But the gospel was not given only for learned men. There are at least nineteen in twenty, if not ninety-nine in a hundred, of those for whom the Scriptures were written, that are not capable of any certain or effectual conviction of the divine authority of the Scriptures, by such arguments as learned men make use of. If men who have been brought up in Heathenism, must wait for a clear and certain conviction of the truth of Christianity, until they have learning and acquaintance with the histories of politer nations, enough to see clearly the force of such kind of arguments; it will make the evidence of the gospel to then immensely cumbersome, and will render the propagation of the gospel among them infinitely difficult. Miserable is the condition of the Houssatunnuck Indians, and others, who have lately manifested a desire to be instructed in Christianity, if they can come at no evidence of the truth of Christianity, sufficient to induce them to sell all for Christ, in any other way but this.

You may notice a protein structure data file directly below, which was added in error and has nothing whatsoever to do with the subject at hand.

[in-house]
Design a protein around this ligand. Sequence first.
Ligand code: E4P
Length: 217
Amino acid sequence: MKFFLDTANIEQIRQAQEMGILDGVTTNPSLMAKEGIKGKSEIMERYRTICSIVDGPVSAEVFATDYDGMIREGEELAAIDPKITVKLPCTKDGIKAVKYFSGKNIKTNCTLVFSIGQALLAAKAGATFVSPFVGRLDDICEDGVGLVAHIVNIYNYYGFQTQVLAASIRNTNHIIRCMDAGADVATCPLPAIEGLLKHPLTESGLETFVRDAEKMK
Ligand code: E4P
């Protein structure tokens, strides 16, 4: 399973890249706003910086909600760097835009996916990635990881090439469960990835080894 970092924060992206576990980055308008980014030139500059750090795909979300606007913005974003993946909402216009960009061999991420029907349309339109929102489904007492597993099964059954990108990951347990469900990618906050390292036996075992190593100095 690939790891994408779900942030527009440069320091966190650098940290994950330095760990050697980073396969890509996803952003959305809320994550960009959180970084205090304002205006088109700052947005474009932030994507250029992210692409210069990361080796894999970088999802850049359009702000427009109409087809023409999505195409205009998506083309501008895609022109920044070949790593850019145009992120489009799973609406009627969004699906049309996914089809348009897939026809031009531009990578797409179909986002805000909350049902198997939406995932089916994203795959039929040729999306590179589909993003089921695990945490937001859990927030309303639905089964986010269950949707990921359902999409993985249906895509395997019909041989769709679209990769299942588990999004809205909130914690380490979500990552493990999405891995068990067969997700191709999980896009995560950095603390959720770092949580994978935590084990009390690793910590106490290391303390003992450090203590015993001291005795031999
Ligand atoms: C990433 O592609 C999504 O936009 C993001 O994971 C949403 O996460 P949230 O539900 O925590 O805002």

It is unreasonable to suppose, that God has provided for his people no more than probable evidence of the truth of the gospel. He has with great care, abundantly provided, and given them, the most convicting, assuring, satisfying and manifold evidence of his faithfulness in the covenant of grace; and as David says, "made a covenant, ordered in all things and sure." Therefore it is rational to suppose, that at the same time, he would not fail of ordering the matter so, that there should not be wanting, as great, and clear evidence, that this is his covenant, and that these promises are his promises; or, which is the same thing, that the Christian religion is true, and that the gospel is his word. Otherwise in vain are those great assurances he has given of his faithfulness in his covenant, by confirming it with his oath, and so variously establishing it by seals and pledges. For the evidence that it is his covenant, is properly the foundation on which all the force and effect of those other assurances do stand. We may therefore undoubtedly suppose and conclude, that there is some sort of evidence which God has given, that this covenant, and these promises are his, beyond all mere probability; that there are some grounds of assurance of it held forth, which, if we were not blind to them, tend to give a higher persuasion, than any arguing from history, human traditions &c., which the illiterate and unacquainted with history are capable of; yea, that which is good ground of the highest and most perfect assurance, that mankind have in any case whatsoever, agreeable to those high expressions which the apostle uses, Heb_10:22, "Let us draw near in full assurance of faith." And Col_2:2, "That their hearts might be comforted, being knit together in love, and unto all riches of the full assurance of understanding, to the acknowledgment of the mystery of God, and of the Father, and of Christ." It is reasonable to suppose, that God would give the greatest evidence of those things which are greatest, and the truth of which is of greatest importance to us: and that we therefore, if we are wise, and act rationally, shall have the greatest desire of having full, undoubting and perfect assurance of. But it is certain, that such an assurance is not to be attained by the greater part of them who live under the gospel, by arguments fetched from ancient traditions, histories, and monuments.